Singing Shijimi Clams is the tale of a witch, old and without her sparks, who brings home some shijimi clams for her dinner. She's taken aback, right before cooking them, to find find the clams snoring away. "Their shells were opened slightly, and their little bodies moved contentedly." Her cat, Toraji, tries to convince the witch that it's ok to boil up the clams because "(t)hey won't feel anything if you put them in quickly." But she can't do it, and witch and cat end up eating miso soup sans clams.
Eventually, the witch and Toraji start talking with the clams, and the clams cry when they learn that they aren't in the ocean anymore. The witch and Toraji have to undertake a major project to take the clams back to the sea. Along the way, the clams sing! "And every day, as the witch listened to the shijimi clams' sweet voices, she too began to feel happier, and less miserable."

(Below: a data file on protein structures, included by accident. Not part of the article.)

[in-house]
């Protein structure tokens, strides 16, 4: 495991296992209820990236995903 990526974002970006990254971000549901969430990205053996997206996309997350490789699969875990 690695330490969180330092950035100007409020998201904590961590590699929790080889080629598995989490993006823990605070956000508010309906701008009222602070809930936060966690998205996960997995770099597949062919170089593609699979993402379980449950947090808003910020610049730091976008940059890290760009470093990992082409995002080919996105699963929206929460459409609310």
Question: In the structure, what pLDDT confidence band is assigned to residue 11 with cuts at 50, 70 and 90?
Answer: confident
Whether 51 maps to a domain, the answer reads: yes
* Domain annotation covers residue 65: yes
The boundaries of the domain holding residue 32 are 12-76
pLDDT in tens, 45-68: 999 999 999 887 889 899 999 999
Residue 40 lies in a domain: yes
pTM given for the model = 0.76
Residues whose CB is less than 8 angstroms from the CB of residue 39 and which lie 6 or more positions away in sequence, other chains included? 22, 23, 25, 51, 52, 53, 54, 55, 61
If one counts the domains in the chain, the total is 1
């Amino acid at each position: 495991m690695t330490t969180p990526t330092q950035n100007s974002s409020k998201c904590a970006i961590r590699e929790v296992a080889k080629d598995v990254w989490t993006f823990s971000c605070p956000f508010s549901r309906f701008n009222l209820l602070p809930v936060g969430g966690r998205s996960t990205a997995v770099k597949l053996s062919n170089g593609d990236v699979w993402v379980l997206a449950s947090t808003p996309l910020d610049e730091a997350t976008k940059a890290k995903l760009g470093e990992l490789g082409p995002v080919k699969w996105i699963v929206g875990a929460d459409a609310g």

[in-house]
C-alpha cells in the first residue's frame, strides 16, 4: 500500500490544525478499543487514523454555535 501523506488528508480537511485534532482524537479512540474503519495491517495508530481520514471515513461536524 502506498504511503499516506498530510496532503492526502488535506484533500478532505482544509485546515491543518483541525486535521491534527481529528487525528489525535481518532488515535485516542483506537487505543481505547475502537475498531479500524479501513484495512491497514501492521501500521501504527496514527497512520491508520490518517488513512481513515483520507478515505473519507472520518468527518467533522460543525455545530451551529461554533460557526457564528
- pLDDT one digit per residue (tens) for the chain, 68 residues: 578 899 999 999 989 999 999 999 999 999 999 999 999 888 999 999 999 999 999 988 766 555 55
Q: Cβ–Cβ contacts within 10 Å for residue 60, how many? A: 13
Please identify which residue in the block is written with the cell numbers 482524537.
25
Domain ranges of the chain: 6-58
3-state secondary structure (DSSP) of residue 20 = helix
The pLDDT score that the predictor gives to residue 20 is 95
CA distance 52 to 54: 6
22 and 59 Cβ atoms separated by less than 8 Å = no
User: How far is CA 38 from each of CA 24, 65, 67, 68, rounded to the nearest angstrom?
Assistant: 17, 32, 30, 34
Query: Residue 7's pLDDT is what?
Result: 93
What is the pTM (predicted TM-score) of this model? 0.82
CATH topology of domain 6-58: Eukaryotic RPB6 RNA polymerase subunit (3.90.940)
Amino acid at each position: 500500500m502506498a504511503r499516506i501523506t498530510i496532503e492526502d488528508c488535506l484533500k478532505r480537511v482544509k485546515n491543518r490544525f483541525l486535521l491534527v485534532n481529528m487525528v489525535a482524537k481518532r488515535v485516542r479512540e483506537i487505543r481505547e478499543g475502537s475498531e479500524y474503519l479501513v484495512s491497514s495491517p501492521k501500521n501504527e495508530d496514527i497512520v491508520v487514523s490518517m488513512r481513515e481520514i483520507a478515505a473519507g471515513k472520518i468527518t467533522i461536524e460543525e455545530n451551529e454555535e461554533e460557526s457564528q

I'm not such a fan of message books, and this one bears a relatively strong vegan message. But Singing Shijimi Clams is a lot of fun. The illustrations are deceptively simple, small black and white sketches rather than full page drawings. They convey the grouchy witch's gradual thawing, as she does something good for the clams. The cat is a riot, starting out callous, but by the end admitting "I will miss them when they go." The drawings of the little clams are priceless, with tiny faces, and lines to show movement and emotion.
This book grew on me. I thought that it was ok on the first read, but by the end of the second read I was quite attached to witch, cat, and clams. Because of the lack of color in the illustrations, and the relatively high text ratio, I think that this book will resonate more with kids on the older end of picture book range.
This book review was originally published on my blog, Jen Robinson's Book Page, on November 12, 2006.